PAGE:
October 2021 marks the 18th Cybersecurity Awareness Month—and cybercrime continues to evolve.1 Though you may not get as many emails promising bodily enhancements or asking you to keep some overseas funds in your checking account temporarily, the risk of falling victim to a cybercriminal is a real one. How up to speed are you about protecting yourself electronically in 2021? Learn more about a couple of the most common cybersecurity risks and ways to guard against them.
Phishing and Spear Phishing
Phishing occurs when a cybercriminal sends out a mass email, text, or another electronic message to random addresses. This message carries a harmful attachment or link that, when clicked, may provide the criminal with access to passwords, financial information, or even the entire computer’s hard drive. Some phishing attacks may be avoided if you make a rule not to open attachments to messages unless the message comes from a trusted source. Even this is not completely safe because spear phishing appears to come from a trusted source.
Spear phishing is more targeted than standard phishing.2 A spear-phishing attack spoofs (imitates) a specific individual’s account in a convincing way, using information gleaned from sources such as LinkedIn, Facebook, or other social media to create a realistic persona of that individual. The spear-phishing attack sends a message to that individual’s contacts with instructions to click a harmful link or download an attachment.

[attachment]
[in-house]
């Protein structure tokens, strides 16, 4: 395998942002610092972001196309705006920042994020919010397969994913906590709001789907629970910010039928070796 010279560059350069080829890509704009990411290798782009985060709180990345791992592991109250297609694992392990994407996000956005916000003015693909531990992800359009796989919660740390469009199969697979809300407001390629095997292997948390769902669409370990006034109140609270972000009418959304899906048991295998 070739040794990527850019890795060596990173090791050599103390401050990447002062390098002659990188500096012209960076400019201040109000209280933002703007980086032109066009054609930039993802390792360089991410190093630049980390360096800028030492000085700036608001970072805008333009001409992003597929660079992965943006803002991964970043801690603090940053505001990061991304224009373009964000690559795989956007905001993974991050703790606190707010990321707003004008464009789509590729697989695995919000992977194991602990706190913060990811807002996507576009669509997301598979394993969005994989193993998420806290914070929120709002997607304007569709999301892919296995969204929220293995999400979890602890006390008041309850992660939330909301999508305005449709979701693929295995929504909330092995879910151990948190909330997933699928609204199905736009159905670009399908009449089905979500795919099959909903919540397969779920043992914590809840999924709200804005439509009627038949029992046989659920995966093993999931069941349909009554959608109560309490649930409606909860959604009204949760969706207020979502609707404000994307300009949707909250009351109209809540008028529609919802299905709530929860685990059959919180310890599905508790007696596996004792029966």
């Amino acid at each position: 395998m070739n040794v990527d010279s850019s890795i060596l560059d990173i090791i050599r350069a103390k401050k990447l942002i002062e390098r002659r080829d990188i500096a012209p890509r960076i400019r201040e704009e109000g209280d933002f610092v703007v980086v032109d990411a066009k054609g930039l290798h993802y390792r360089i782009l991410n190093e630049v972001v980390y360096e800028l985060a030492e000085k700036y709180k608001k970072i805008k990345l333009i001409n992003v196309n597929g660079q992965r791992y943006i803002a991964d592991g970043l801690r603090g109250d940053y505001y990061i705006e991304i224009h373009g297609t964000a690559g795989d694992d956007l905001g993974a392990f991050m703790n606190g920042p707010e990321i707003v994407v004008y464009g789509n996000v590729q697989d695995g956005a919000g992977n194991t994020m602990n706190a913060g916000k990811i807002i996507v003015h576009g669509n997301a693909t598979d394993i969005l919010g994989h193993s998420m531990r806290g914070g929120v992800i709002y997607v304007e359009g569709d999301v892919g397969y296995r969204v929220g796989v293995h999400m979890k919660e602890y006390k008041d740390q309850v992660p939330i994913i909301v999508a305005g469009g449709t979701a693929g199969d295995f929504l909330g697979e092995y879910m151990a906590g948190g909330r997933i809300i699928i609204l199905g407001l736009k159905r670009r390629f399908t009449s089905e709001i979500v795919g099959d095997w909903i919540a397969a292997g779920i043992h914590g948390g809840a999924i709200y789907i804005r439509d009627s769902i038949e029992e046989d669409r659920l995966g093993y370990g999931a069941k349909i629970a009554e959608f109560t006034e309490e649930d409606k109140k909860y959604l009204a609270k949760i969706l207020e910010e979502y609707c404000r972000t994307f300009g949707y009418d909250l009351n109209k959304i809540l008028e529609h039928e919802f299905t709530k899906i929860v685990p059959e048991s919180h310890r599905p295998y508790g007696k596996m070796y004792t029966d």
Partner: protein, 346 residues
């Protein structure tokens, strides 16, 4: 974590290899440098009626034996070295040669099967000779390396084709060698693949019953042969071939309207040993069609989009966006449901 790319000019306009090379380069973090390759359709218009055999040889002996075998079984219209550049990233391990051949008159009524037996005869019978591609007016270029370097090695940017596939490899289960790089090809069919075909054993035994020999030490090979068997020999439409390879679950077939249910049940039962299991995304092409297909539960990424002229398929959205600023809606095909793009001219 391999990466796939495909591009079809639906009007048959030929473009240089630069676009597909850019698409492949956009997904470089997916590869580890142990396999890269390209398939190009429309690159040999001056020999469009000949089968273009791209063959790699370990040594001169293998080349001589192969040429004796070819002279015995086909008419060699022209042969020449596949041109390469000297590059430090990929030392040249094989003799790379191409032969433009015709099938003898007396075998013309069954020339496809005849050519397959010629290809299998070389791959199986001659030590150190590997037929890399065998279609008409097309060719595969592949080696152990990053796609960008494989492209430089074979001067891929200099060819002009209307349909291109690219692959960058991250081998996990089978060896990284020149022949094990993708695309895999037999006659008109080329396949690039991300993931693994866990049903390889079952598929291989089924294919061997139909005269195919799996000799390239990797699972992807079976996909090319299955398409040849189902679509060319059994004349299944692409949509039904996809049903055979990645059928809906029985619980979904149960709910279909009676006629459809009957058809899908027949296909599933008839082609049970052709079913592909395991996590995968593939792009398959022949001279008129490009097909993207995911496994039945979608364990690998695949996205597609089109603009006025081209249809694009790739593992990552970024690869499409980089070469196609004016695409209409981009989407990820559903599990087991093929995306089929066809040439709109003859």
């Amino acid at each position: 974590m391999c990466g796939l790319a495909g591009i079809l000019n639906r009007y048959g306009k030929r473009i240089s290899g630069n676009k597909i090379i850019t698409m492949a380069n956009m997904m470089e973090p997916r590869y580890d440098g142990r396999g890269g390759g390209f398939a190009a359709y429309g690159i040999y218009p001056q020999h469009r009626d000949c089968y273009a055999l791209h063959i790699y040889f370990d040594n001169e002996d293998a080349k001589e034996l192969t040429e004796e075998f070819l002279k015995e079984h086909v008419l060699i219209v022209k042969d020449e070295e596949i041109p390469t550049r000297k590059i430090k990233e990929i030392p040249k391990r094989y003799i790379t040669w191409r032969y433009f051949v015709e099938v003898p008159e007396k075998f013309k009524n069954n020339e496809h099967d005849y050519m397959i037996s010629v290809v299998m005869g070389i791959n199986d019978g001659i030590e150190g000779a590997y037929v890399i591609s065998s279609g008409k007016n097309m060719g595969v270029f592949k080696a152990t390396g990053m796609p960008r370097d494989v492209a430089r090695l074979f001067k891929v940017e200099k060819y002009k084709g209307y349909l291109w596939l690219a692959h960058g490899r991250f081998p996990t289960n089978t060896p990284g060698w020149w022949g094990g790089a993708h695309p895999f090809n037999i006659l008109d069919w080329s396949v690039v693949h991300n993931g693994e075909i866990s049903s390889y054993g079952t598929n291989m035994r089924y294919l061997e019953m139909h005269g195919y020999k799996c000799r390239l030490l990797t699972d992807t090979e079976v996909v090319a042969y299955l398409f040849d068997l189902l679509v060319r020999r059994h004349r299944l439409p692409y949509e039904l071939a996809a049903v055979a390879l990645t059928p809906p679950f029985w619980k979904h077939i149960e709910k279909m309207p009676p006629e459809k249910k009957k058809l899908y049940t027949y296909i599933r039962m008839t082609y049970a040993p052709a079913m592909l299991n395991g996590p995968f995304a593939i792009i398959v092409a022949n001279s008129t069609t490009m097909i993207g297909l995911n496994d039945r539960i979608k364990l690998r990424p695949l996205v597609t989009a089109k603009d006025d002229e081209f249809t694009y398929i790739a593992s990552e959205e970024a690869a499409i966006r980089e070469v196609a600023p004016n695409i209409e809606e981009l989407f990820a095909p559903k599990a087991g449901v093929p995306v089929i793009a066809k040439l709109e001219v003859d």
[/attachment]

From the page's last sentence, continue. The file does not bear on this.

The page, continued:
You might get an email from a coworker with a subject line related to something you’re working on. If the content of the email just says, “Hey, need some information ASAP–can you check this out?” you may think nothing of clicking on a link in the email. Because spear phishing messages do look like they come from a trusted source and generally include some corroborating information, they’re harder to spot and avoid.
It’s good general practice to pick up the phone and give the sender a quick call or send an email reply to clarify if you get an unsolicited email asking you to click on something, especially if there is a sense of urgency. Do these extra steps before you click on something that may cause malware to install.
Another potential cybersecurity risk involves connected or “smart” devices. Not only are these devices generally connected to your mobile phone or another device, allowing you to control them wirelessly, they might also be connected to the Internet.
Without taking proper precautions to shield these devices from a security breach—that could allow a hacker to gain control of such things as your virtual assistant, the thermostat, an internet router, or lights—you could be placing your entire home or office at risk. Some of these precautions include encrypting your connection, installing a device to monitor network traffic and alert you to potential threats, and utilizing two-factor authentication.
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